Aveng Set

Aveng set to participate in Franco-Chinese nuclear bid consortium

South African construction group Aveng is mobilising internally for a possible nuclear energy bidding process, indicating on Wednesday that it was likely to participate in a consortium involving French and Chinese partners.

In an interview with Engineering News Online CE Roger Jardine confirmed the partnership formed with Areva, of France, during Eskom’s so-called Nuclear 1 bidding process remained intact. That process was abandoned in favour of a national plan, which was being overseen by the National Nuclear Energy Executive Coordination Committee (NNEECC), chaired by Deputy President Kgalema Motlanthe.

“We also believe that China will have a very strong role to play,” Jardine said, reinforcing a statement made by EDF CE Henri Proglio, who indicated in February that the French utility could participate in the South African programme through a Franco-Chinese partnership.

In an interview with Reuters, Proglio indicates that EDF might form a technology partnership with Areva and the China Guangdong Nuclear Power Corporation, CGNPC.

“We are talking to parties that we think can put together a very strong competitive bid,” Jardine said, adding that the JSE-listed group was also considering localisation opportunities beyond the civil engineering workflow that could arise for a programme to build 9 600 MW of nuclear capacity by 2029.

The National Treasury’s 2012 Budget Review included the ‘Eskom nuclear fleet build programme’ in a list of 43 projects with a combined investment value of R3.2-trillion. A price tag of R300-billion was attributed the programme, which was described as being in the “final stages of consideration before financial proposals can be determined”.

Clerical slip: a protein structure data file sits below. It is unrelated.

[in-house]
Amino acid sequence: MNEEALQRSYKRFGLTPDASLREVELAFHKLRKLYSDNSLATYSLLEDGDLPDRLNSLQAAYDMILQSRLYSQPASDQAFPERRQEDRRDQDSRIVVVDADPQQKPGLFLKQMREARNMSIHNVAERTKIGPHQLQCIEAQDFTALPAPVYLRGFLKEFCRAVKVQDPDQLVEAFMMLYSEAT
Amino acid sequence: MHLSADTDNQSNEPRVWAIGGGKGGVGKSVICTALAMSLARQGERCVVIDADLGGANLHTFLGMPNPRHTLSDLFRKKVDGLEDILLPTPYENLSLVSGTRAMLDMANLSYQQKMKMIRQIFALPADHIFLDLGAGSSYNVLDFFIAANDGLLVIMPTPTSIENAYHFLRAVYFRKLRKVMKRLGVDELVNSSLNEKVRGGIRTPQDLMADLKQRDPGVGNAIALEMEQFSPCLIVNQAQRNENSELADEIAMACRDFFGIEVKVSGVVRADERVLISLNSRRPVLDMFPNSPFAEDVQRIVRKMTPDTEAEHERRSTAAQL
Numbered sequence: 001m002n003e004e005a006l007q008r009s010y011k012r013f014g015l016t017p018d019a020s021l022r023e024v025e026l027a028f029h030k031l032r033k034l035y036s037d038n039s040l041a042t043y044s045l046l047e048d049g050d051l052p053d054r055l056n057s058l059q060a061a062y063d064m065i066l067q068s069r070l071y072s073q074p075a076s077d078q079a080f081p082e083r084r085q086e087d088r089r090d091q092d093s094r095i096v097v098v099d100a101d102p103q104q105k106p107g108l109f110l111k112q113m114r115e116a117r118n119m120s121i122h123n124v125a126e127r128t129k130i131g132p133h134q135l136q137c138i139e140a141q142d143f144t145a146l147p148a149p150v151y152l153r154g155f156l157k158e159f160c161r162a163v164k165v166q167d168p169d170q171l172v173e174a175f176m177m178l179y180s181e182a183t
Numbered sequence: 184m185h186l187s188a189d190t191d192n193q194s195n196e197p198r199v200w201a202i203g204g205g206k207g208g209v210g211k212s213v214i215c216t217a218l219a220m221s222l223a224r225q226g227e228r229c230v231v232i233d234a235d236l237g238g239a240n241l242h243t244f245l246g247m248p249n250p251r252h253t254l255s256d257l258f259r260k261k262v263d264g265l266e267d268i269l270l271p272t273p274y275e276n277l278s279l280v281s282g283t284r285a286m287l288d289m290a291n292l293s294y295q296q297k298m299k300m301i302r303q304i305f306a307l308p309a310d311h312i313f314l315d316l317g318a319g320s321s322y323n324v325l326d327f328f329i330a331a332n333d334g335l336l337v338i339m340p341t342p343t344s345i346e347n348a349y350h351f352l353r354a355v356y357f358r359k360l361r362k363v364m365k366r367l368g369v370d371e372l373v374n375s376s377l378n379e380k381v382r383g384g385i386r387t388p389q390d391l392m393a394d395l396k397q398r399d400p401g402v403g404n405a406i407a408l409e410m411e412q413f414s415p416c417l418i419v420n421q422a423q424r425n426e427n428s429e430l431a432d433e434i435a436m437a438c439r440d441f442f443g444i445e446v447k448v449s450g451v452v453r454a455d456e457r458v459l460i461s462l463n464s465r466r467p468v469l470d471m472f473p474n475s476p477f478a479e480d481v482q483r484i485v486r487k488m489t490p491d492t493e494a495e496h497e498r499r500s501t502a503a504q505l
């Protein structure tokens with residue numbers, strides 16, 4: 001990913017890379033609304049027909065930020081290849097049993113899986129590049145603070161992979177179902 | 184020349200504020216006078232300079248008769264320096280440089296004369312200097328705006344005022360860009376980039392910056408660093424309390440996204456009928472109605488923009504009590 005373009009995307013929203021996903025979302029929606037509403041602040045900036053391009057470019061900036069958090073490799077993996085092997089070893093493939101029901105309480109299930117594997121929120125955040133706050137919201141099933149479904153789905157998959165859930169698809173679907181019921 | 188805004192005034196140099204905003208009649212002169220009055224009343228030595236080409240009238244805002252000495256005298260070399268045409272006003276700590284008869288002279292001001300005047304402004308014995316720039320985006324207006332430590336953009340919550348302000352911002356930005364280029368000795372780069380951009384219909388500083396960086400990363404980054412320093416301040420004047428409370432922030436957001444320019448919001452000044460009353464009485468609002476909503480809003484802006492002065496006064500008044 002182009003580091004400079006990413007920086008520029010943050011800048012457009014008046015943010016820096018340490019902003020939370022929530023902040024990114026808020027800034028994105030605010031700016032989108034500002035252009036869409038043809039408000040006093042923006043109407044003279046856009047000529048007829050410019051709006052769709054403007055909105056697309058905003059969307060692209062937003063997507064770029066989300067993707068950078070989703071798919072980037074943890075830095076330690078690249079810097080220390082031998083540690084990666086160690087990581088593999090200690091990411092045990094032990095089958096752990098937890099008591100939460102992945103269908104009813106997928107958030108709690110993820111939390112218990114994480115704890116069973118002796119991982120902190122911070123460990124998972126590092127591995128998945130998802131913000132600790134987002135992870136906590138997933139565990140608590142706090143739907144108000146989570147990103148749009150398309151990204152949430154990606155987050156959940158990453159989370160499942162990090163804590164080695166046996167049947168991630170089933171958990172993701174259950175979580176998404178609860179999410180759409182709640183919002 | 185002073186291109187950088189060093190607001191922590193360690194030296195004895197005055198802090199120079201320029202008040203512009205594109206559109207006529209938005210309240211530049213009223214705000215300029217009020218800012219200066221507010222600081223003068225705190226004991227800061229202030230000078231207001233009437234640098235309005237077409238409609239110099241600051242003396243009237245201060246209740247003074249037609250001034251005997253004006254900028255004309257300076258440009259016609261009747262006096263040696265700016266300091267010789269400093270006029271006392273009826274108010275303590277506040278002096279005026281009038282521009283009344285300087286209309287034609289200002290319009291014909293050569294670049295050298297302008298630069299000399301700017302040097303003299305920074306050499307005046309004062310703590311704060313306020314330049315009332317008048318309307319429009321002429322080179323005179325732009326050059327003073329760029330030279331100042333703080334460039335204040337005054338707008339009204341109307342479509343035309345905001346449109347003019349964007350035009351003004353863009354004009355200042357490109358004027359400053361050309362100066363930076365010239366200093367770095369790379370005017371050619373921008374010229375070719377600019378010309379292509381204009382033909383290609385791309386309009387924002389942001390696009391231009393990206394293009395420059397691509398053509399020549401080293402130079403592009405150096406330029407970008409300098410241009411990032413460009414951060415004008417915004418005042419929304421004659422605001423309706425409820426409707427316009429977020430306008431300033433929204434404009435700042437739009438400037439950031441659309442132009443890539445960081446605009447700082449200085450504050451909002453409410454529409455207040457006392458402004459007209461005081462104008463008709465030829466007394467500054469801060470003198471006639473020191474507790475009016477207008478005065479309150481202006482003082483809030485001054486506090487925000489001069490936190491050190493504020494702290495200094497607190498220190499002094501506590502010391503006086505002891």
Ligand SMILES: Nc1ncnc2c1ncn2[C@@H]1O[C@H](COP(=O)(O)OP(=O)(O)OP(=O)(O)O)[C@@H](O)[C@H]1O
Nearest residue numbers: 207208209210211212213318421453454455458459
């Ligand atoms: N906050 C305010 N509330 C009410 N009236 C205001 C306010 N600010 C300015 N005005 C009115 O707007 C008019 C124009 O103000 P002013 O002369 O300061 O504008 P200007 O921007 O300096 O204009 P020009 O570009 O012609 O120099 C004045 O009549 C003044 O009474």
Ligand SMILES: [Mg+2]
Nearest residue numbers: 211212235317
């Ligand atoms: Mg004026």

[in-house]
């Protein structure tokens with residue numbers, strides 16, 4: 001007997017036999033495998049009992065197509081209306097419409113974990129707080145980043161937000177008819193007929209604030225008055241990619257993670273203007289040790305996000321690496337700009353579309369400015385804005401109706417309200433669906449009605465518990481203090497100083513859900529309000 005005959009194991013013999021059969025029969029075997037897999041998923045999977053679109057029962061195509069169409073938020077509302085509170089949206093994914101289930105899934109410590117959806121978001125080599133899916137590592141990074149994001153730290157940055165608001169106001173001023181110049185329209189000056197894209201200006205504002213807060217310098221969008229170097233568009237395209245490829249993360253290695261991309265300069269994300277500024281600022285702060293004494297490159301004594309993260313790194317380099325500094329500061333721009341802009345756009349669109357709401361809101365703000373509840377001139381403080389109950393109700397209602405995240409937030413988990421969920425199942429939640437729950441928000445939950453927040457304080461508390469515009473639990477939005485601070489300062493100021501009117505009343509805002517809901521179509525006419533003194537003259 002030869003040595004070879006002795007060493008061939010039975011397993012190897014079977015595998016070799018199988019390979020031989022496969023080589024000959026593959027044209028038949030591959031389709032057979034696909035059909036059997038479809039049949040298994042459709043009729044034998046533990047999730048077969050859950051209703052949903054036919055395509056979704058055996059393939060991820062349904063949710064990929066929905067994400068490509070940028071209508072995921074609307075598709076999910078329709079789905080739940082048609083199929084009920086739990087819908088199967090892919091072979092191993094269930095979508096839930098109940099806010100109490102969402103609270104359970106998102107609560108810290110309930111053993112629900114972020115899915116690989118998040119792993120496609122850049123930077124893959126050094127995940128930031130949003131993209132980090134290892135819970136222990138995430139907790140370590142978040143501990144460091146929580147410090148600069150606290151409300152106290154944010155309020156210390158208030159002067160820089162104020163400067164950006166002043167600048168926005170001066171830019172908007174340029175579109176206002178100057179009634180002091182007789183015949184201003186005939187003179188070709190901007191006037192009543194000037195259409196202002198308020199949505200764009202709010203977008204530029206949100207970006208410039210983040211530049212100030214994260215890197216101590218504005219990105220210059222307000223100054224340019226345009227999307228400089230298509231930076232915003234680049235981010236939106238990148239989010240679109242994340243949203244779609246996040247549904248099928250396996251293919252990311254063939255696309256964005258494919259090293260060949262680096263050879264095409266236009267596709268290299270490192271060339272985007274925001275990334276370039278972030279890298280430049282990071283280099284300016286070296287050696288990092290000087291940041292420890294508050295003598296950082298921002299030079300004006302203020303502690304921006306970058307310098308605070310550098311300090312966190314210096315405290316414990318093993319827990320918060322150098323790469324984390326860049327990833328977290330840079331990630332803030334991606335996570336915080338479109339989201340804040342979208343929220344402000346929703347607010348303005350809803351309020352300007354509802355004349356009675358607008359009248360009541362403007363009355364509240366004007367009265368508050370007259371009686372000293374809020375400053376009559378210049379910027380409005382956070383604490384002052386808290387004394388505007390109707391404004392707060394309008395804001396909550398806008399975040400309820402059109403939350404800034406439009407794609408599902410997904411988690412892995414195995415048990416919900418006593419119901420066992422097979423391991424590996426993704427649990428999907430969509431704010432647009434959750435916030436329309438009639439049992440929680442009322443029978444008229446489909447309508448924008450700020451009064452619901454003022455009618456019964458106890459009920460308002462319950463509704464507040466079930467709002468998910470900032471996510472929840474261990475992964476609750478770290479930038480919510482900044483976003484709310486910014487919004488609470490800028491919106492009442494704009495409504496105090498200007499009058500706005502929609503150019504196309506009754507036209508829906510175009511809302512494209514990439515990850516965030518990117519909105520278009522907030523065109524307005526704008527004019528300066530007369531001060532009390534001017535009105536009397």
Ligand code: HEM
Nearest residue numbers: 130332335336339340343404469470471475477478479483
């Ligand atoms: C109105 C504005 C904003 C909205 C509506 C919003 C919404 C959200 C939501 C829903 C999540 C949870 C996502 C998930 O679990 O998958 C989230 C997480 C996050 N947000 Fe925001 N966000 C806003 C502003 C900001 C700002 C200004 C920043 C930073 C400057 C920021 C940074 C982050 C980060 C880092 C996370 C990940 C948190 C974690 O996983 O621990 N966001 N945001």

But Energy Minister Dipuo Peters said the R300-billion figure was merely indicative and would be firmed up through the technical work currently being driven by the NNEECC.

In February, the former South African Nuclear Energy Corporation CEO, Dr Rob Adam, formally joined Aveng to bolster its growing energy capacity.

It also sent 22 engineers abroad for nuclear power plant construction training and currently had a team investigating the possible localisation spinoffs that could arise for a nuclear build programme.

Jardine expected greater clarity during 2012 on the approach that would be taken, including the possible issuance of a request for proposal.

“I think we will still, as a country, have a risk-benefit discussion on safety,” Jardine conceded, adding that that debate was likely to unfold over the next year or two.

Edited by: Creamer Media Reporter

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